and most of the town was on the east bank of the Alle; as Jaedtke’s battlegroup arrived, it found the local Volkssturm was still in control of the western parts of the town. Jaedtke swiftly pushed the Soviet infantrymen back across the river. An attack to clear the eastern parts of Wehlau
was unfeasible – Jaedtke lacked the infantry for such an operation. In any event, he had orders to secure a large segment of frontline,
and all he could do was blow the bridges across the Alle.

Back in the Pregel valley, Jaedtke found himself operating alongside a Volkssturm battalion, just south of Wehlau:

Braunsberg [on the East Prussian coast, southwest of Königsberg] was my last peacetime posting. The battalion leader was the secondary school teacher Krause, whom I knew from peacetime as an efficient, energetic man, who had lost his right arm in the First World War.

The battalion was deployed on the right flank of the armoured group, at the junction with other parts of the division. There were several farms there between Paterswalde and Richau, so that the elderly gentlemen could at least take turns at warming themselves up, as it was still bitterly cold, down to minus 15 degrees at night. In order to make the Volkssturm battalion commander mobile and to ensure better communications with the armoured group, we gave him a half-track with an experienced Feldwebel. Nevertheless, the use of this battalion was irresponsible.

Shortly after dusk (23 January) the Russians attacked along the entire division front, against the armoured group in Wehlau and Allenberg
[not to be confused with the nearby Allenburg] and east of Paterswalde. We generally held our positions, but the Russians infiltrated everywhere through the large gaps in the front. As a result, they ran rampage in the hinterland. At mid-night, the Volkssturm battalion was also attacked
on its left flank, and later its entire front. The men fired ammunition from their assorted weapons – about 20 rounds per man – and then
pulled out to the southwest. Oberstleutnant Herzog sent the battalion home.

The Soviet onslaught continued throughout these days. Whilst the southern and eastern approaches of Königsberg were well defended, 551st
Volks-grenadier Division couldn’t hold its positions. The Cranz road was cut on 27 January. A thrust towards the northeastern part of the city was beaten off by a mixture of units, including a Volkssturm formation commanded by Kreisleiter Wagner, who earned himself the Iron Cross for his actions. Later, in a characteristically petty gesture, Gauleiter Koch censured him for accepting his decoration from the Wehrmacht, instead of allowing Koch to present it to him.

On the Seythen estate near Osterode, Inspektor Romalm, the estate manager, was alerted to the Red Army’s imminent arrival by a messenger,
who arrived early on 19 January. The messenger came from the local Party hierarchy, and ordered Romalm to dispatch his Volkssturm unit to positions in the nearby village of Osterschau. To Romalm’s consternation, he added that the Red Army was not far away. Immediately, Romalm
awoke his platoon of 20 elderly men and youths and sent them marching down the road to Osterschau. He himself remained behind, with an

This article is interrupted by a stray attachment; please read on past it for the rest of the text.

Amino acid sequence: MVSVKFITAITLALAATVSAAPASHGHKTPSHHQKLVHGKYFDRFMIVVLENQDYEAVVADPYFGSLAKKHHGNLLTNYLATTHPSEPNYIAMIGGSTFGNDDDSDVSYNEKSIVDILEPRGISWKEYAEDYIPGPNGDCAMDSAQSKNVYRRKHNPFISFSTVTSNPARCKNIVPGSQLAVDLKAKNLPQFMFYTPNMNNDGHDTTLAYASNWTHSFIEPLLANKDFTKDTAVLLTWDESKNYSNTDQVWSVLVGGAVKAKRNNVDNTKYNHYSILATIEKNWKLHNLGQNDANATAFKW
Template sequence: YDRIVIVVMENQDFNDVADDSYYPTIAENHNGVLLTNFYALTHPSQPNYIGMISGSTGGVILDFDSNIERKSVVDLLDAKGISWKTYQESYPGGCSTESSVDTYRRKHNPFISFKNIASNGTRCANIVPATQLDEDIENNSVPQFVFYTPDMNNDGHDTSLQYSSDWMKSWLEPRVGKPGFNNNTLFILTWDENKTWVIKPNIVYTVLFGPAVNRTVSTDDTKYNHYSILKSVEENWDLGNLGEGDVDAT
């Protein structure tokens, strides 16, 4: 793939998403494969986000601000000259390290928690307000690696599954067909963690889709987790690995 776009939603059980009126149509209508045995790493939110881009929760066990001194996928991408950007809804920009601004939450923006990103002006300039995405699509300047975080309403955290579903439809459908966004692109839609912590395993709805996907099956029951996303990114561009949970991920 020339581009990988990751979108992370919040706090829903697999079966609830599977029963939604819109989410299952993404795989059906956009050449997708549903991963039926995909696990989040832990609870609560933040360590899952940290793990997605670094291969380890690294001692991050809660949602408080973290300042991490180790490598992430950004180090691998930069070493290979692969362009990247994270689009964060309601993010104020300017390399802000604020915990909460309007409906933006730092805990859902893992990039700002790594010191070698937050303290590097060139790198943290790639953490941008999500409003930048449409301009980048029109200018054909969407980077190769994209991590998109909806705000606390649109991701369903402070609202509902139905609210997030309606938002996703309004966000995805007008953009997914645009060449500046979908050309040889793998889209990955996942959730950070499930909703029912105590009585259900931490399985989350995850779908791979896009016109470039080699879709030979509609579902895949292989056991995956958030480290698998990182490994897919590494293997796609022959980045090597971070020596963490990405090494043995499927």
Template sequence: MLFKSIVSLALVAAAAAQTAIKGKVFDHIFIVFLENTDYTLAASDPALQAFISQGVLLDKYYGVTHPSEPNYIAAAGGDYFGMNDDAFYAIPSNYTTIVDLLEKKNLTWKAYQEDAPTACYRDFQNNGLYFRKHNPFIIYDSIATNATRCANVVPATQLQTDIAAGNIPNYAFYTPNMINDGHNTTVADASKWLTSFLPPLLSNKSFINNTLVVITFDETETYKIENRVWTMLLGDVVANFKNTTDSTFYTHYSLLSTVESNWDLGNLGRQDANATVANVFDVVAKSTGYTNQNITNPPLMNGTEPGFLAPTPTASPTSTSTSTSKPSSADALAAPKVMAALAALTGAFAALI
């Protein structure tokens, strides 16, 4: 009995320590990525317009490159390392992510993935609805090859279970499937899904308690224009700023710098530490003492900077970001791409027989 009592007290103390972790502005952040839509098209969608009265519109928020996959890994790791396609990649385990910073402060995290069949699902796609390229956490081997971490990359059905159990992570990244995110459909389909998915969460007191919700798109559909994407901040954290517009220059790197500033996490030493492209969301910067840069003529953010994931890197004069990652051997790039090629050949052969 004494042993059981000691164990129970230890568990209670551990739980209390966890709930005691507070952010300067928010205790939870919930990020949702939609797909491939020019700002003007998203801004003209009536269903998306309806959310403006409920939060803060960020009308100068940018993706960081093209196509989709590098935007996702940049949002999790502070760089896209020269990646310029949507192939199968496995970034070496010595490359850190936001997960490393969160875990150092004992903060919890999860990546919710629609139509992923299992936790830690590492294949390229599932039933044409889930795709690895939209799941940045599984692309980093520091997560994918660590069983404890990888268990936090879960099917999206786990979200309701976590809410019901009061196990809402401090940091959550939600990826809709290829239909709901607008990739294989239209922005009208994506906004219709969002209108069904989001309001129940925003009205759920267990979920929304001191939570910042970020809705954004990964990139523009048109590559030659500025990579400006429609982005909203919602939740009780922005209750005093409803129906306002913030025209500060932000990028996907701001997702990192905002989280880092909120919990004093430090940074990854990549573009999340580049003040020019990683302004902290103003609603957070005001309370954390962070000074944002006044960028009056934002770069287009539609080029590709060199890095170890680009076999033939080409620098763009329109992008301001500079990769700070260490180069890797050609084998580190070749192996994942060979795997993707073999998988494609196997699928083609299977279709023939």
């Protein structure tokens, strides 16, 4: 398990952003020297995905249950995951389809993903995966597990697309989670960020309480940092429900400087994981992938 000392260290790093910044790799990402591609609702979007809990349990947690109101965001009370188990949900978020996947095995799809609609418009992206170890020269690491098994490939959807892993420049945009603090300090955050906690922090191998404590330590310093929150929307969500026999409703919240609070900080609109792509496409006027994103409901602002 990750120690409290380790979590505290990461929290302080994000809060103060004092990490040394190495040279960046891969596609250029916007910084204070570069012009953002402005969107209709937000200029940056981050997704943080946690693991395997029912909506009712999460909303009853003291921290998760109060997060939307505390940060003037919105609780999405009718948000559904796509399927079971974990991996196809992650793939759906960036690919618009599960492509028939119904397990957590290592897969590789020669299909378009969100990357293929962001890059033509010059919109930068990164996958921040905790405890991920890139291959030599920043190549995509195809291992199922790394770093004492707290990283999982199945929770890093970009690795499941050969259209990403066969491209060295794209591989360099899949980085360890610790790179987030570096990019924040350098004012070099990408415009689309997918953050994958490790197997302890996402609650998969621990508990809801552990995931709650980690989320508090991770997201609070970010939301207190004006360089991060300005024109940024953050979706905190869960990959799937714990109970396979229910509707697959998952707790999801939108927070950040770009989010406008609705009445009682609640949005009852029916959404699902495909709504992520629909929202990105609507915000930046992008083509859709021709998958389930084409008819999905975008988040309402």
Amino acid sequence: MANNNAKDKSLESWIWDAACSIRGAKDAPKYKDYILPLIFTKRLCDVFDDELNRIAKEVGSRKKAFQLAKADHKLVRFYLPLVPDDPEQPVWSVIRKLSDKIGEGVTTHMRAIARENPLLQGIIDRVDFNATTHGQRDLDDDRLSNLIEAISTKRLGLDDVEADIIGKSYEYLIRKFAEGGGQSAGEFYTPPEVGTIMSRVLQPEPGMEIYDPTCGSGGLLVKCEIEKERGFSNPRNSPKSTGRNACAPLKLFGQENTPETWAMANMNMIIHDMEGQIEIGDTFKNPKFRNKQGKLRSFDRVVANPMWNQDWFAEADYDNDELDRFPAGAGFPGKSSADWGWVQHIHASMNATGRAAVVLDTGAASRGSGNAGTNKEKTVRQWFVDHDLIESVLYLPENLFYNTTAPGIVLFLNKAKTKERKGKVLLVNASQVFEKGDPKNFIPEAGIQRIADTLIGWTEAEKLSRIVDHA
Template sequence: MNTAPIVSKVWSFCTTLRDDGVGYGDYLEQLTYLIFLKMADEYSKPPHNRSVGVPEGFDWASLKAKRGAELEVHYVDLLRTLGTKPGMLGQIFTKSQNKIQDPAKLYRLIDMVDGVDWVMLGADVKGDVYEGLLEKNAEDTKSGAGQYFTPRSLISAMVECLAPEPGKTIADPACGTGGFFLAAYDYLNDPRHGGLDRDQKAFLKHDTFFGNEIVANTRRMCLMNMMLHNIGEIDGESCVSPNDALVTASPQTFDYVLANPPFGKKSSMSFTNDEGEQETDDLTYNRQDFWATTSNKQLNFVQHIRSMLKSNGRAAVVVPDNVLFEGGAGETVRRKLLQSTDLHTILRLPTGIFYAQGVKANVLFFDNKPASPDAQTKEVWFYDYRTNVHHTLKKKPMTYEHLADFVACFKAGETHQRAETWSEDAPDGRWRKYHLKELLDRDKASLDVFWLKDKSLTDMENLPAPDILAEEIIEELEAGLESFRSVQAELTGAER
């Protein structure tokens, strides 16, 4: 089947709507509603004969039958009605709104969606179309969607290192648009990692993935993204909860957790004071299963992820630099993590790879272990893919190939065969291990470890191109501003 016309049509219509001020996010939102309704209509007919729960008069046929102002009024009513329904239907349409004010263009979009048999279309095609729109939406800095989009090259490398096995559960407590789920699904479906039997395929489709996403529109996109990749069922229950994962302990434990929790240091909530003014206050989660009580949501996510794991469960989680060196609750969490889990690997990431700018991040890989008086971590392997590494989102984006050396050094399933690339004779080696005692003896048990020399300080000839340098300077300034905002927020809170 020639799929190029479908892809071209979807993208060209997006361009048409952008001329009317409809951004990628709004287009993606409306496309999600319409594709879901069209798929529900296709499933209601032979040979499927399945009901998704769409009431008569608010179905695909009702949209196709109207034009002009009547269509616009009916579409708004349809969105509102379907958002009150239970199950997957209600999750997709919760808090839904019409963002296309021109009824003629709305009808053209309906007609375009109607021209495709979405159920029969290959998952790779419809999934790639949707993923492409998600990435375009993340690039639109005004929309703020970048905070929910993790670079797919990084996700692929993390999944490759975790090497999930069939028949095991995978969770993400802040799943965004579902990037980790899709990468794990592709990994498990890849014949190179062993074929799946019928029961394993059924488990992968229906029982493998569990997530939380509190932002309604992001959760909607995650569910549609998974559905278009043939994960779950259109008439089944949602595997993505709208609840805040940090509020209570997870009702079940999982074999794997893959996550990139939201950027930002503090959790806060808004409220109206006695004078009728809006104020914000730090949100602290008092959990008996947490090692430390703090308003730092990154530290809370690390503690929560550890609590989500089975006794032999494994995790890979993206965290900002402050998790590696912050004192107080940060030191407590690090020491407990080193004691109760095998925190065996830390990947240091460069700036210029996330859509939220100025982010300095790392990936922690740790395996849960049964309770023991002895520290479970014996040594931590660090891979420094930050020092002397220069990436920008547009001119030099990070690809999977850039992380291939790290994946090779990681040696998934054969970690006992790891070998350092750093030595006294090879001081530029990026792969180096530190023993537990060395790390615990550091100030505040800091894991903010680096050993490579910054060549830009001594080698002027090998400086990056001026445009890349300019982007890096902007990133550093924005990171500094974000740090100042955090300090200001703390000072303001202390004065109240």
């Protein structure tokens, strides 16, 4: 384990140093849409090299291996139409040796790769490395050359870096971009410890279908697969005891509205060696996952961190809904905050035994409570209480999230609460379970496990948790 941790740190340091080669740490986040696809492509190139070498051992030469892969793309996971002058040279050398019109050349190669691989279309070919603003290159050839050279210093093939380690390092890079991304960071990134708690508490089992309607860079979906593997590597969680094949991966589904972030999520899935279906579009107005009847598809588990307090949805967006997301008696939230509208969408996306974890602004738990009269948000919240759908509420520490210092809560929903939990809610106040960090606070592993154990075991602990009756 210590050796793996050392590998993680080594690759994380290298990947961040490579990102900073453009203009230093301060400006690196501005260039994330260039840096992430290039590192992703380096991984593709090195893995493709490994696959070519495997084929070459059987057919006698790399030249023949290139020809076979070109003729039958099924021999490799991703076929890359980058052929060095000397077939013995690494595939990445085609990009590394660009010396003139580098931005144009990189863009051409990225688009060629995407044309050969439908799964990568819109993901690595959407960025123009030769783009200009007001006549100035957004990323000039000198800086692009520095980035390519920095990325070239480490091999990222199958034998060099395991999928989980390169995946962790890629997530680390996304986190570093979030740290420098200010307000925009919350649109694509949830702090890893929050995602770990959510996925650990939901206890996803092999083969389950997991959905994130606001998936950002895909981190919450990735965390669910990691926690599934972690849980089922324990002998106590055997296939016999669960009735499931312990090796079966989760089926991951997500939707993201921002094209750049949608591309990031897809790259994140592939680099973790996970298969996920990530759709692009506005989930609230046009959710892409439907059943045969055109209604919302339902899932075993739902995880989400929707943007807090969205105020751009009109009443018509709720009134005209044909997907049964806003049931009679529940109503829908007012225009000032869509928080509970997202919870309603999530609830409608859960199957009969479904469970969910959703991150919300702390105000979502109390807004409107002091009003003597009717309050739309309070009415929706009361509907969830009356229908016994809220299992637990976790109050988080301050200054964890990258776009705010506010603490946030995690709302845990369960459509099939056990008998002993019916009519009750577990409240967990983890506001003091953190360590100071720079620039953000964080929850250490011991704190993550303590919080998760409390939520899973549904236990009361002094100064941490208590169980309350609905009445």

elderly man – he was reluctant to leave the estate, where 35 Russian and 14 French prisoners of war provided much of the workforce.

Marienburg was in a bend in the Nogat, with the river protecting the town to the west and north. In late 1944, the civilian population helped dig additional trenches and antitank ditches to defend the town from the south and east. These fortifications would require about a division of
infantry to be held properly, but by December 1944, the only forces allocated to Marienburg were four artillery batteries, equipped with Italian
and captured Russian guns, two battalions of replacement personnel, and a single battalion of Volkssturm.

Fortress commandant, Oberst von Koeller, raised doubts about the ability of these forces to hold the town, but the only result of this was his dismissal.


Of those who remained in Graudenz, some surrendered after a further approach by representatives of the NKFD. The rest laid down their
weapons shortly after. Despite all assurances, those who surrendered to the NKFD were treated exactly like all other German prisoners of war.
Few of them were able to return to Germany for several years. Members of the Volkssturm were gathered together in the inner courtyard of the
Courbiere Fortress, which had formed the heart of the defences, and were shot.

A small German Volkssturm garrison briefly held up the Soviet infantry at Gross-Tychow, but on 4 March 272nd Rifle Division reached the
outskirts of Köslin.

Only Kolberg, on the coast, continued to hold out. The town’s peacetime population of about 30,000 had more than tripled due to an influx of refugees and retreating soldiers, and Oberst Fritz Fullriede, the garrison commander, knew that his ragtag collection of stragglers, Hitler Youth
and Volkssturm could not possibly endure in the face of enemy attacks, particularly as almost no preparations had been made for the town’s defence. He requested permission to attempt a breakout, but was ordered to remain where he was. Nor was he given permission to dispatch
the many refugee trains that had gathered in the town towards the west: the exact location of the advancing Soviet forces made such a journey risky, and possibly fatal for the civilians aboard the trains. Fullriede had at his disposal a fortress regiment, an infantry regiment and an
artillery regiment, as well as a full regiment of Volkssturm.

Return to “Heer, Waffen-SS & Fallschirmjäger”